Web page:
The Real Reason There Are Suddenly So Many Virtual Food Brands

There is no doubt that 2020 will go down in the books as one of the most challenging years that the restaurant industry has ever seen. Bon Appétit estimates that the industry accounts for 25 percent of the total number of job losses seen during the coronavirus pandemic, as shelter-in-place orders struck both chain restaurants and mom-and-pop shops. But while some restaurants have failed, there are those that have thrived, particularly those who went into the pandemic with a solid take-out model. 

Others, like Boston Chef Irene Li, think it was time for a new model to take root: "Some people want to save restaurants and some want to burn down the system. The movement for Black Lives Matter highlighted many of the industry's structural inequities. I'm on Team Burn It Down and Create Something New," she told Bon Appétit.

That "something new" could be in the form of dining establishments that only exist in the delivery world — such as ghost kitchens and virtual restaurants. 

How virtual food brands work

Acclaimed Los Angeles chef Eric Greenspan tells Roaming Hunger that there is a difference between the two new trends that are making inroads into the food and beverage industry. "A ghost kitchen is where virtual brands are produced without a brick and mortar location," Greenspan explains, "They're facilities that are made solely for producing virtual brands." Virtual restaurants, on the other hand, have brick-and-mortar dining establishments; they utilize their facilities to craft exclusive, delivery-only menus. 

Fledgling ghost kitchens work by renting facilities and creating a brand and then using that brand to get on Uber Eats and DoorDash. The hope is to get noticed, so these fly-by-night chefs can both attract and fulfill orders from the rented kitchen and through the app. Though in its early — and experimental stages — Greenspan says ghost kitchens (and virtual restaurants) are a sign that chefs, larger food companies, and their investors are betting on these virtual establishments as a sign of the future. In fact, according to Upserve, since 2014, digital orders and delivery have grown 300 percent faster than dine-in sales at restaurants.

Big restaurant brands are experimenting in ghost kitchens

Ghost kitchens aren't just going to be a food trend of the future. If you've been on Uber Eats or DoorDash recently, you might have already placed an order from a ghost kitchen and not even known that was the case, because some of the more well-established restaurant chains have already started dabbling in the trend. Cosmic Wings, which peddles chicken wings and a Cheeto-flavored sauce for delivery, has ties to about 1,300 Applebee's kitchens. Pasqually's Pizza and Wings is the not-so-secret digital identity of Chuck E. Cheese (via USA Today). And if you're craving a bite of chicken from the digital food brand Tender Shack, you'd be ordering from Bloomin' Brands, the listed company that owns Outback Steakhouse.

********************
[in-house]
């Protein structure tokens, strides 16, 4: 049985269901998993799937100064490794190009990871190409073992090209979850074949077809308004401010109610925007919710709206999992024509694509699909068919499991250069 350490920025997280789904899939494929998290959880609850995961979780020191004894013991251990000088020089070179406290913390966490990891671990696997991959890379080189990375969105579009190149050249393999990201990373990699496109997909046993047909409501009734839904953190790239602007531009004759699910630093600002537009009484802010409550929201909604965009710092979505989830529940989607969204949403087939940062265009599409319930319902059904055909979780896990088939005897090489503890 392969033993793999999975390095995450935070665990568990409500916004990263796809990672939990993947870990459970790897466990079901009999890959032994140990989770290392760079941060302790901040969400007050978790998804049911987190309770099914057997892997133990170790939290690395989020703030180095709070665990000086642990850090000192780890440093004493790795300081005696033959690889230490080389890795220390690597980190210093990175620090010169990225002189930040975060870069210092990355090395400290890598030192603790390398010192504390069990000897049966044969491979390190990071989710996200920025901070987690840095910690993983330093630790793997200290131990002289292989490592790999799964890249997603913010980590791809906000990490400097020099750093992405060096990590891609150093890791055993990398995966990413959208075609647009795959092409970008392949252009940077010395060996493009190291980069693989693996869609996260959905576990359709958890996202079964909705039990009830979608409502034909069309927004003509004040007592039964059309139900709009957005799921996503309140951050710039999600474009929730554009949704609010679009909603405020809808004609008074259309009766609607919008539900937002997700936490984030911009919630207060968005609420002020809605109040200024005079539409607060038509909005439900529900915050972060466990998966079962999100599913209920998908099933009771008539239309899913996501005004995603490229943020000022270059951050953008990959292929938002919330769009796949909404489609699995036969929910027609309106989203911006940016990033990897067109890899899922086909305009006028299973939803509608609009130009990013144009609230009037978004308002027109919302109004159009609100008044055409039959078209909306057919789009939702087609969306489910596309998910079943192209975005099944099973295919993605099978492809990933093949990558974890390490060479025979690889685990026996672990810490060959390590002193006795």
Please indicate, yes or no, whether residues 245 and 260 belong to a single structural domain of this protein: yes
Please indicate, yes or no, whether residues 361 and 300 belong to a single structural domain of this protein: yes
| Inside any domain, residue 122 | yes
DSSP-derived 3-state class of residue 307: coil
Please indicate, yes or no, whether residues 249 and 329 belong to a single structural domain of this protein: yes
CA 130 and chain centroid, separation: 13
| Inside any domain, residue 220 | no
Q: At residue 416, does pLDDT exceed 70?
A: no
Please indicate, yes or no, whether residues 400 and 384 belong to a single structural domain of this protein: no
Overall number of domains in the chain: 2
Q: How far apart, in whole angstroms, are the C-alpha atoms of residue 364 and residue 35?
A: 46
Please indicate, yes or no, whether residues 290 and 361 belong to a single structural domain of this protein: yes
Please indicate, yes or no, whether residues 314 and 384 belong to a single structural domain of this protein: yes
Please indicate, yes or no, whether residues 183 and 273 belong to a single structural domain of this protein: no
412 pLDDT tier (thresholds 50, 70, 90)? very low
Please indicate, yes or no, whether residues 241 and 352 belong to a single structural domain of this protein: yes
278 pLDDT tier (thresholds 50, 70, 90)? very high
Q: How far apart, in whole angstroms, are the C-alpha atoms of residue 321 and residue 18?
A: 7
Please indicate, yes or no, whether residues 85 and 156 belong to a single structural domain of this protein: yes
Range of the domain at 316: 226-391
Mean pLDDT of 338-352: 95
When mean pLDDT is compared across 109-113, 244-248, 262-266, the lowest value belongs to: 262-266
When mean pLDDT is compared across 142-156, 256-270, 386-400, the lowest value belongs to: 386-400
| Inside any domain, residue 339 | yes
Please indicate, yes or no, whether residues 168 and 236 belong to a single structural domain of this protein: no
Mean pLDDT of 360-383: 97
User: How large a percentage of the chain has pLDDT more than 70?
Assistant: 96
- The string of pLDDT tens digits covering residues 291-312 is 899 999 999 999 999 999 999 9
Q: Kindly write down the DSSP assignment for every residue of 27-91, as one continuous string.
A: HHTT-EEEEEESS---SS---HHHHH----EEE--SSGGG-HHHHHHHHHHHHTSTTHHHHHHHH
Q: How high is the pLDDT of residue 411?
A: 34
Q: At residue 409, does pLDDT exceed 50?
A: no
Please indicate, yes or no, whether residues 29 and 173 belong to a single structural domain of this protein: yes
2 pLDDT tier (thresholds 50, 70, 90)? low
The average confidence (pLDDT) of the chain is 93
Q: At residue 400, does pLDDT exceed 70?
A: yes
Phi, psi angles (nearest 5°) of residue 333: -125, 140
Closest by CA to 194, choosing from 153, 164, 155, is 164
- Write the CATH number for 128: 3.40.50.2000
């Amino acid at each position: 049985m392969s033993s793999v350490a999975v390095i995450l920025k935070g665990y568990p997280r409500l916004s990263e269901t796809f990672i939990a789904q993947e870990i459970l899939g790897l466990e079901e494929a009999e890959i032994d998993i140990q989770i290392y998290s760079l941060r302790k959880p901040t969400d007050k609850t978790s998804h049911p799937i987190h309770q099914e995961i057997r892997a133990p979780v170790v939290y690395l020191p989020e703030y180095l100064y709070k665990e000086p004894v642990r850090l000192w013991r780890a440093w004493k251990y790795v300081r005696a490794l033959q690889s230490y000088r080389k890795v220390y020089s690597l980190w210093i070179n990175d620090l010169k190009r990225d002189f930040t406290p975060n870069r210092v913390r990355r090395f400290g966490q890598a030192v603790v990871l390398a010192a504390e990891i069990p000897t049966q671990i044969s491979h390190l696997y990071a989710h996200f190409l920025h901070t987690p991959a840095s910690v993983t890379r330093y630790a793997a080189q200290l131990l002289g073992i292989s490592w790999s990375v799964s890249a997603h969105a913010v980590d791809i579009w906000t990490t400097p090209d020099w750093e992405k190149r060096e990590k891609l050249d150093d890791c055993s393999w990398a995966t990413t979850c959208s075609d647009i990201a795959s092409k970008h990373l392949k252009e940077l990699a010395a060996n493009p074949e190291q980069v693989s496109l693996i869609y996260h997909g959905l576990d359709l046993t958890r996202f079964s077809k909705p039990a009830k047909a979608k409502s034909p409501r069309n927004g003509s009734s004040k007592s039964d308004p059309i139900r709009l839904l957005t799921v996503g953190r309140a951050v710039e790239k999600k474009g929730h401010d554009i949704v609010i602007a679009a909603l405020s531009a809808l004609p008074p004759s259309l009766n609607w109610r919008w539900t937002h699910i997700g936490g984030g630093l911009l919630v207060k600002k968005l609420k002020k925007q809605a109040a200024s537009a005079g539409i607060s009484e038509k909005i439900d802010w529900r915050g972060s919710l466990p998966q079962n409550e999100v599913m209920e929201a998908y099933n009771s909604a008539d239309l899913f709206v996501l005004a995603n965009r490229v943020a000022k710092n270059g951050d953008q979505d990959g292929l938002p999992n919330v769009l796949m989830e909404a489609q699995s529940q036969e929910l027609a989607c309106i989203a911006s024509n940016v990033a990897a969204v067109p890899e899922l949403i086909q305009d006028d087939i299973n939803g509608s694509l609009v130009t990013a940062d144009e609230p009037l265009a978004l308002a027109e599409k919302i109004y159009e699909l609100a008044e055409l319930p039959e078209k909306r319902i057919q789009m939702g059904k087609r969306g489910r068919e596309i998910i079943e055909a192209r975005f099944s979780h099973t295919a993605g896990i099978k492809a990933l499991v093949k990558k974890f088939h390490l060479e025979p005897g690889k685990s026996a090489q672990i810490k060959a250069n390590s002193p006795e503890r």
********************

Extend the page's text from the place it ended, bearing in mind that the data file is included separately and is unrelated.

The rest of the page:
It doesn't end there. If you want your food with a celeb link, there is Tyga Bites, which has ties to Tyga the rapper, and Mariah's Cookies — which can legitimately claim to have links to pop megastar Mariah Carey. USA Today, which reported on the trend, says both brands have links to Virtual Dining Concepts which specializes in brands that cater exclusively to the delivery-only market.

Virtual food brands aren't as straightforward as they sound

The concept of virtual food brands might sound exciting because it potentially gives budding restauranteurs the chance to make themselves heard in a crowded environment — and without the overhead of starting up a typical restaurant. But as Eater points out, making it in the delivery-only space is as challenging as standing out in the brick-and-mortar world. "I don't think there's any brands that are successful in the long term by half-a**ing it, and I don't think anyone who has their doors open in this environment right now is half-a**ing anything," Spencer Rubin, owner and founder of the food chain Melt Shop, told Eater. "People's idea of quality and people's ability to execute vary dramatically. Even though some people may be giving it 100 percent, it still may not be good enough for the market."

But what it does mean, is that digital-only food brands are giving restauranteurs a chance to use their imaginations and spread their wings in the name of innovation. And whether you're a food truck owner, small brick-and-mortar restaurant, or a national chain, the delivery model is here to stay.